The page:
With the six nations at the talks meeting on Friday, the fourth day of the current round of talks, the crux of the disagreement is over timing: whether Pyongyang should receive security guarantees and aid before it moves to scrap its weapons programmes, as it insists, or if it should move first, as Washington wants.

   

"It's not a matter of who goes first; it's a matter of a strategic commitment that the goal of a nuclear-free Korean Peninsula is embraced by all," US Secretary of State Condoleezza Rice said in her first comments on the current round of negotiations.

   

"We know that the South Koreans, the Japanese, the Russians, the United States and China all agree that it has to be a non-nuclear Korean peninsula. The question is do the North Koreans embrace that goal as well?," Rice asked in Washington.

 

The North has also demanded Washington remove nuclear weapons from the peninsula. The US, which keeps more than 30,000 troops in South Korea, says it no longer has such weapons there.

 

Familiar territory

   

The negotiations, which resumed this week after a 13-month hiatus, have seen the parties retreat to familiar territory, with North Korea demanding aid and security guarantees before scrapping its nuclear programmes and the US insisting it scuttle those programmes first.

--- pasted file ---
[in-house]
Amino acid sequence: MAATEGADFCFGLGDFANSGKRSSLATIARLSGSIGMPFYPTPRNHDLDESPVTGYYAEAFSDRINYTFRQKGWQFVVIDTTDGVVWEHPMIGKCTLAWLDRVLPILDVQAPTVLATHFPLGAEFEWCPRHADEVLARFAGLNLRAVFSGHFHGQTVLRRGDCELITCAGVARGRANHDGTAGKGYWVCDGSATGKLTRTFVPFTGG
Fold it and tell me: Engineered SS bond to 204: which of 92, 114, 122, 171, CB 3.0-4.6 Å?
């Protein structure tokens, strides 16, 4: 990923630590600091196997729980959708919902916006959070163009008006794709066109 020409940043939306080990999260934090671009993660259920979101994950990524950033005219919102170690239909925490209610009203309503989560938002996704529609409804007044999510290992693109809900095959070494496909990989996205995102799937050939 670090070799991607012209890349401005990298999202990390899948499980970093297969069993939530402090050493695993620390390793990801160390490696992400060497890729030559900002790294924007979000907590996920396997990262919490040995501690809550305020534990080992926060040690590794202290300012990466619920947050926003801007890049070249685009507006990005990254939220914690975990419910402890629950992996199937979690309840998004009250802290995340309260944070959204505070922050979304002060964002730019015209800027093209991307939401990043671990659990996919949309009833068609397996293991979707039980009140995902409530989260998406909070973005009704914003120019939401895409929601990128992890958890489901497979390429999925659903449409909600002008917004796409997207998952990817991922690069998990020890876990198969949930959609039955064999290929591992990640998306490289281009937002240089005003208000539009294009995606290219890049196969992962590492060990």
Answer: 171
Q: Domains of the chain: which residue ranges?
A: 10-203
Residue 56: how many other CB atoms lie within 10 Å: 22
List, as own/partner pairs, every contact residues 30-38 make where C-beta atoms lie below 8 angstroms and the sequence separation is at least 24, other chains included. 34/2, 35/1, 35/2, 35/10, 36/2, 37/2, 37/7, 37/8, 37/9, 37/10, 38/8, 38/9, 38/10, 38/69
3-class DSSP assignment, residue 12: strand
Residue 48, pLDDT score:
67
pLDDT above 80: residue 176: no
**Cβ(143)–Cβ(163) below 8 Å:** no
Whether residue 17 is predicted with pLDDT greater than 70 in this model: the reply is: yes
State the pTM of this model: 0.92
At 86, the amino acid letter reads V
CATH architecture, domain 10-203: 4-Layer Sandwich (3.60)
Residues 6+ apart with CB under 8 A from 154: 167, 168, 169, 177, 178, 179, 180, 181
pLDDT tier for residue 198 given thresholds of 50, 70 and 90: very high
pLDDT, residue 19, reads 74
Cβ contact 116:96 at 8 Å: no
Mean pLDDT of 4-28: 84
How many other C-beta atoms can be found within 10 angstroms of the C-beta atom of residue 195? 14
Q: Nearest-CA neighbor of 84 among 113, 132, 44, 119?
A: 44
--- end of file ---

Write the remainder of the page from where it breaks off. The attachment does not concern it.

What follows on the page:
"Although the United States and North Korea have had in-depth discussions, my understanding is that they have not narrowed their differences to the extent that they can claim progress," a Japanese delegate said.

   

"It's far too early to say if it's a breakthrough or a breakdown"

Qin Gan,
Chinese delegation spokesman

Still, the pattern of unusually frequent and lengthy one-on-one exchanges on the sidelines of the talks - Thursday's lasted three hours - signals a shift in the US approach and has raised hopes for a positive outcome.

   

Chinese delegation spokesman Qin Gan said on Thursday that talks were moving in the right direction but added: "It's far too early to say if it's a breakthrough or a breakdown."

 

Bilateral meetings

   

No end date has been set for the talks. The parties were holding bilateral meetings on Friday morning and all six - both Koreas, the United States, Japan, Russia and host China - were set to meet in the afternoon.

   

The nuclear standoff erupted in October 2002 when US officials accused Pyongyang of pursuing a clandestine weapons programme, prompting it to expel UN nuclear inspectors.

   

In February, North Korea announced that it had nuclear weapons and demanded Washington provide aid, security guarantees and diplomatic recognition in return for scrapping them.